Motion blur can be a powerful technique when used correctly. Learn how to use and apply motion blurring to your project with these After Effects tutorials.
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Motion blurring has been a part of film and video since the first film cameras began arranging pictures in sequential order to create the illusion of movement. When done digitally, it is often intended to replicate the blur that usually comes from traditional filmmaking techniques. You often see it used artificially in animated projects and high-end special effects.
As a tool, it can convey speed and fast motion. Without it, footage can look unnatural and fake. No matter how you intend to use it, here are some tutorials to help you master some of the different aspects of the art of motion blurring in After Effects.
Simply Enable Motion Blur
At a base level, After Effects is built for adding effects like motion blur. In fact, it’s built right into your default comp panel. If you’re looking to add motion blur to a single moving object, simply turn it on and select it as the YouTuber AR Arts demonstrates in the simple video above.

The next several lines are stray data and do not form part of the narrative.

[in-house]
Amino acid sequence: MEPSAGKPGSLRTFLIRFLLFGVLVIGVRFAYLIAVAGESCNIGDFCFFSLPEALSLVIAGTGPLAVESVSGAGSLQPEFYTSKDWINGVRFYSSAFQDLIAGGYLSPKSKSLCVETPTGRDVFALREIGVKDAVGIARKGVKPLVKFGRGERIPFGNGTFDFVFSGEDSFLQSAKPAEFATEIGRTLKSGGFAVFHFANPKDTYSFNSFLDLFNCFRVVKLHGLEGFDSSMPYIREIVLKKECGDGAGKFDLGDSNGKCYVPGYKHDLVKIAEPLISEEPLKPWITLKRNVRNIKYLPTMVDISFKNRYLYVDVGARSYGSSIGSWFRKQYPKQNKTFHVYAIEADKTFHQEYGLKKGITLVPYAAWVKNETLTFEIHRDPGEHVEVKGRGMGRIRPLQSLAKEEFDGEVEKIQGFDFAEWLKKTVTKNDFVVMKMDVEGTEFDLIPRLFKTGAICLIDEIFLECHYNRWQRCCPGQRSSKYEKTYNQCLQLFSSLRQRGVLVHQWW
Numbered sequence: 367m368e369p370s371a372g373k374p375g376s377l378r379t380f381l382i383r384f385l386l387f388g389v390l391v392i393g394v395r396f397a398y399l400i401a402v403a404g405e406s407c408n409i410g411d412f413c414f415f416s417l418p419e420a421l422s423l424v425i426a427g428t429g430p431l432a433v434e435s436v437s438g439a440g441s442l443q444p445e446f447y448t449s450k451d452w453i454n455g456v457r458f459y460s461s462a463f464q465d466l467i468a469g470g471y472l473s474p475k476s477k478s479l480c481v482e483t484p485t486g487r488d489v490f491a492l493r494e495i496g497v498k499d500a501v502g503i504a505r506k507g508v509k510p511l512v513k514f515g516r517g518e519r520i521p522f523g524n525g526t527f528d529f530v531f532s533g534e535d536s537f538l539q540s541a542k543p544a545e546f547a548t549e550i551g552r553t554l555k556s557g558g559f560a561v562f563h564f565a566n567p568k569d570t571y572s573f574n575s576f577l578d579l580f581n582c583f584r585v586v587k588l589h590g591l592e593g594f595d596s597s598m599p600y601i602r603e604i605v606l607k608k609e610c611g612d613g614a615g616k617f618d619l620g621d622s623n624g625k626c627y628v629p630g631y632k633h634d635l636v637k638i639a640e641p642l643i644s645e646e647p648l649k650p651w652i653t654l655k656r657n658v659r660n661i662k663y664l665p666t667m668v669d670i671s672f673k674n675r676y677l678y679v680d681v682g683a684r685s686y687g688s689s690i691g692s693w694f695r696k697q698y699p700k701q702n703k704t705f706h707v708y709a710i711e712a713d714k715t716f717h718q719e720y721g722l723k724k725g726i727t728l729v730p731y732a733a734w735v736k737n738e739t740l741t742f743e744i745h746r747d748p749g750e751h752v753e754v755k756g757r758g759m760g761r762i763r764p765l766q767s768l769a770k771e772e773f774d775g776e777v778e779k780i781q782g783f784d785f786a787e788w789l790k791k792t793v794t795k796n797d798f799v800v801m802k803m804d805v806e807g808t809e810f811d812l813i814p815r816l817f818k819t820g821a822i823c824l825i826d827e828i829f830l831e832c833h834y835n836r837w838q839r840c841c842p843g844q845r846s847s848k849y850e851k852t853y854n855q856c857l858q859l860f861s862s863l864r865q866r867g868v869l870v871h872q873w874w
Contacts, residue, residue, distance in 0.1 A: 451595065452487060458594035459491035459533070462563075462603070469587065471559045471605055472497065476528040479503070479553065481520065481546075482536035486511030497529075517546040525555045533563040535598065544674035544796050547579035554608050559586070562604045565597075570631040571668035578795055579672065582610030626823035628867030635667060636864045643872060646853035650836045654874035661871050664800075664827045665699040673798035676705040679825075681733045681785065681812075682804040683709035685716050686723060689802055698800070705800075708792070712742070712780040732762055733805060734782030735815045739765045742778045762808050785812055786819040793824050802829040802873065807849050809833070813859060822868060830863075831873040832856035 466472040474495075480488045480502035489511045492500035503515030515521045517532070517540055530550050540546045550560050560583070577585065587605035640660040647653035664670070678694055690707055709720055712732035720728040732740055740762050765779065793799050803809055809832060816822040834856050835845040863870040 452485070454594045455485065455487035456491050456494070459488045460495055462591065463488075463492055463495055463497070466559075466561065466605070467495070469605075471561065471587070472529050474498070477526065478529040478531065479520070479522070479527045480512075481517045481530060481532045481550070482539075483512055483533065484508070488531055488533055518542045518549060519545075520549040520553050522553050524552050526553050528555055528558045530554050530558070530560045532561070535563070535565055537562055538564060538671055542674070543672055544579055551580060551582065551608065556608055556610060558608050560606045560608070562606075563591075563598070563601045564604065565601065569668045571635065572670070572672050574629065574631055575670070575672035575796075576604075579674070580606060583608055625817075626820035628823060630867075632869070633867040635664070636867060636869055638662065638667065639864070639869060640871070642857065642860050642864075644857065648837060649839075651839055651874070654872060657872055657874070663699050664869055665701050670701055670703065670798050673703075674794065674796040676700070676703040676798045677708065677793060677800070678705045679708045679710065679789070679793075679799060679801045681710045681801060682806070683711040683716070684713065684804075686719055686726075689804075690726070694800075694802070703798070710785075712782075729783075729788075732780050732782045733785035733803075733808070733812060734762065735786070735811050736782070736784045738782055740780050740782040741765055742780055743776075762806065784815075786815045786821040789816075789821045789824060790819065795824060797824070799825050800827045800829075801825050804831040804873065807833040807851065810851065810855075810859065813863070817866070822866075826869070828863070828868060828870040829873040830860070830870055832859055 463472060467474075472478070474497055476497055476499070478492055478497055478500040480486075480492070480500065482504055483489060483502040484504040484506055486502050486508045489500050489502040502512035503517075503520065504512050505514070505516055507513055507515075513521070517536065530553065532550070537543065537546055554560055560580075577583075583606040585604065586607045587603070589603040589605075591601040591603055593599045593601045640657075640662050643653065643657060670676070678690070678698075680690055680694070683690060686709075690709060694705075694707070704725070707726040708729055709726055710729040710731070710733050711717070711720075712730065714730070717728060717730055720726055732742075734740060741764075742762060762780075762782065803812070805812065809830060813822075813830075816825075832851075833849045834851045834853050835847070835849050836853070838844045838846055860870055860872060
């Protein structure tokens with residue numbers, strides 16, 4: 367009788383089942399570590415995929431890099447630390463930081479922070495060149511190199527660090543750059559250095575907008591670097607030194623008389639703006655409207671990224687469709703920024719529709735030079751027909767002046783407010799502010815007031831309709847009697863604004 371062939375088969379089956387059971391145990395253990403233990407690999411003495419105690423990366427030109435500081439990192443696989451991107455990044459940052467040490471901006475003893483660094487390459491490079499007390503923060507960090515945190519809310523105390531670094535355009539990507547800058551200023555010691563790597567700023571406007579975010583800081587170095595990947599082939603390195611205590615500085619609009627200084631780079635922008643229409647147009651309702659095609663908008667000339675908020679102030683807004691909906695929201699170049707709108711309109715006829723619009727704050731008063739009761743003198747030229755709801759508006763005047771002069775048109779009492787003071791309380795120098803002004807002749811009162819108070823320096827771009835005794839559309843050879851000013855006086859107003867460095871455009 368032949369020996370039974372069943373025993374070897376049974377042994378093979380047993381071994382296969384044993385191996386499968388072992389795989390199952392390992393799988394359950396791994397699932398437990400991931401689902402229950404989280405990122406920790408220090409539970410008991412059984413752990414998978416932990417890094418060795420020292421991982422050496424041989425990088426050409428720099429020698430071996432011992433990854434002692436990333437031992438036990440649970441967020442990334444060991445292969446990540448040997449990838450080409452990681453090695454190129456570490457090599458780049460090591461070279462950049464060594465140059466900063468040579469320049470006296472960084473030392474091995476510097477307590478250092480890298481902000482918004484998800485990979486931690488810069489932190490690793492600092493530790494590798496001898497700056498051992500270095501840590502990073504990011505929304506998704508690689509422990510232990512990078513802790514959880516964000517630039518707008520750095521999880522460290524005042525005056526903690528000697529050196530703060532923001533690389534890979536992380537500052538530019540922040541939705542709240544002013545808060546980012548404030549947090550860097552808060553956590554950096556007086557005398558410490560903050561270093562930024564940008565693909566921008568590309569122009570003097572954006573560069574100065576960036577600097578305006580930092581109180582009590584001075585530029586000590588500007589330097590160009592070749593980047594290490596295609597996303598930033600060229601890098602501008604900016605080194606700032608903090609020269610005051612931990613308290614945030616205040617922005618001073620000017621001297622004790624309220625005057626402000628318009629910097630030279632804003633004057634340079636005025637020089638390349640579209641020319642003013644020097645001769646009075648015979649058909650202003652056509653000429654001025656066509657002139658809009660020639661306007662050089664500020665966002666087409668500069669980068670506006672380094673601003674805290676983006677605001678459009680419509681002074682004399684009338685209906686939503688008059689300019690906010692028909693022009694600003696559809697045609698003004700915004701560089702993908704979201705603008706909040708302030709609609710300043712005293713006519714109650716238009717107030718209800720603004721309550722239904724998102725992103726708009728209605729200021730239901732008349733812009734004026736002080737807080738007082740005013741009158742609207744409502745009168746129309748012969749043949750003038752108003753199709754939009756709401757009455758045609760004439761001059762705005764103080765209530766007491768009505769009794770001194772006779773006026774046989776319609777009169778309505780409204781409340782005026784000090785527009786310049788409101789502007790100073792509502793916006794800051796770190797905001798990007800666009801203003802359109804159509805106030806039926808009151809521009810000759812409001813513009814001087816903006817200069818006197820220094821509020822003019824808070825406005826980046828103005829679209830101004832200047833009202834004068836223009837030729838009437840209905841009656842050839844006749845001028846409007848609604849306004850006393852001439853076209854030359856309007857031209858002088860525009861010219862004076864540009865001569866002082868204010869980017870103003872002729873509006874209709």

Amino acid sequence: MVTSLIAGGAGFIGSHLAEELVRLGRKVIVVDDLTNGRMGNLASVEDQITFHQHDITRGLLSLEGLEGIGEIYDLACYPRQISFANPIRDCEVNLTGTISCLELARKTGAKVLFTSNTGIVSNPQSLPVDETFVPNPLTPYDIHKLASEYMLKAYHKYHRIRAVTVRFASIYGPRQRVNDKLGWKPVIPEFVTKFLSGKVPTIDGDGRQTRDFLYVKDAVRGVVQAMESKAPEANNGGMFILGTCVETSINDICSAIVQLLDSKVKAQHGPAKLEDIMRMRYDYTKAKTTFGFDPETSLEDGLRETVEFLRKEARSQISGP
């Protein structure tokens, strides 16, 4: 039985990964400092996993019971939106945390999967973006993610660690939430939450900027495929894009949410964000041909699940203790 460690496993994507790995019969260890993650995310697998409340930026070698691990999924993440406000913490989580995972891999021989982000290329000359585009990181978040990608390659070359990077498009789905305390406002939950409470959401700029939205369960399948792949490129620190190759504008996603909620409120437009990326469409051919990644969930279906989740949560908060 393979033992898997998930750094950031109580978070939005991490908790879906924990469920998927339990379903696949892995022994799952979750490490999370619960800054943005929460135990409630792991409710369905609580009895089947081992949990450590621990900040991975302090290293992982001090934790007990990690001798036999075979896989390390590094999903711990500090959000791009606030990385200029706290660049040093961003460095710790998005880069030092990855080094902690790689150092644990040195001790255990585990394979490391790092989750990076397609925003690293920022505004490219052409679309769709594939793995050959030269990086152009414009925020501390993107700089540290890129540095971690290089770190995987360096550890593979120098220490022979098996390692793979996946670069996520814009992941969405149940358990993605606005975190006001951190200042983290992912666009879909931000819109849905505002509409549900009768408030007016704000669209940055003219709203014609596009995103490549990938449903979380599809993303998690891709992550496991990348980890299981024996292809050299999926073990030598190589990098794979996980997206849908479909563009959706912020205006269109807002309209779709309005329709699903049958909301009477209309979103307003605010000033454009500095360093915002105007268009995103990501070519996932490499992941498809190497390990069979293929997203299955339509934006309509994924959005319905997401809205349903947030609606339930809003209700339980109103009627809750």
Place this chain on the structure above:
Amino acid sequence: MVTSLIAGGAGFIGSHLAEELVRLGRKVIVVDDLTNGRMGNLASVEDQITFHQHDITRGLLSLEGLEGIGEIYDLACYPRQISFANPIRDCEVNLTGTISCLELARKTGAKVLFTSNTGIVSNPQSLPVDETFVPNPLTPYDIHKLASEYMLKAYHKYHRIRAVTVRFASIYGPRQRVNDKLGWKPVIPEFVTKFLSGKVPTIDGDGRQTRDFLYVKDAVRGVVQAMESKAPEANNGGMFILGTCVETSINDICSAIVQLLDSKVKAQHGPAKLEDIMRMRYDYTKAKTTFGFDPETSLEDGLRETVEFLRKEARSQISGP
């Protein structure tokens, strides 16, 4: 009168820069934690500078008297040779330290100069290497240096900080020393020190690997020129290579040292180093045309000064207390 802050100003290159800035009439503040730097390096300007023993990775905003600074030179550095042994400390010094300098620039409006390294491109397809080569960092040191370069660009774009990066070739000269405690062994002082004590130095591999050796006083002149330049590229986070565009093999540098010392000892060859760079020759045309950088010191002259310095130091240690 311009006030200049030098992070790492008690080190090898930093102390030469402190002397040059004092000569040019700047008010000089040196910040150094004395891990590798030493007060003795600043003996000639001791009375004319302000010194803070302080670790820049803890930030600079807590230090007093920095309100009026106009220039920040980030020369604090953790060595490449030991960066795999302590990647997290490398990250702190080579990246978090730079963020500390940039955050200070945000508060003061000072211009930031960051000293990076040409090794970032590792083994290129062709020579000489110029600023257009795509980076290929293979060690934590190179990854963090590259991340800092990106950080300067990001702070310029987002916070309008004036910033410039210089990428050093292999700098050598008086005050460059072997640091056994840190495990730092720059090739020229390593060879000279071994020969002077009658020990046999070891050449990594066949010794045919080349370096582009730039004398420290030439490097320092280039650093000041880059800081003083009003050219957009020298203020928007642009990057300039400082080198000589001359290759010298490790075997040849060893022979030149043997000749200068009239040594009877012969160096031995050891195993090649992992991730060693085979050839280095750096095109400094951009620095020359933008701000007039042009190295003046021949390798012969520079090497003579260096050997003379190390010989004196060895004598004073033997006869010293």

Add Motion Blur Using Built-In Plugins
Again, After Effects is one of the best programs for adding motion blur and has many resources and functionalities built in to help you easily apply it to your footage. In TunnelvizionTV‘s tutorial, you simply select motion blur and work with it manually. As he shows in the video, it may be necessary to duplicate your composition to mask out the parts you want to remain static.
Add Pixel Motion Blur to Your Footage
In the above video by VideoFort, you can see how to add motion blur in After Effects by using the Pixel Motion Blur effect from the effects panel and simply dragging and dropping to your footage. You can usually work pretty well with the default settings in Pixel Motion Blur, but it also allows you the option to zoom in and add shutter samples to parts that may appear a little too smooth the blur out.
Use CC Force Motion Blur on Your Animation
Similar to Pixel Motion Blur, CC Force Motion Blur is another After Effects effect option. You can dive into a whole Lynda course on what makes the two effects different, but it may just depend on which one works best with your composition. Ignace Aleya shows you (in the video above) how to enable and render out using the latter of the two techniques.
How do you prefer to add motion blur to your projects in After Effects? Let us know in the comments.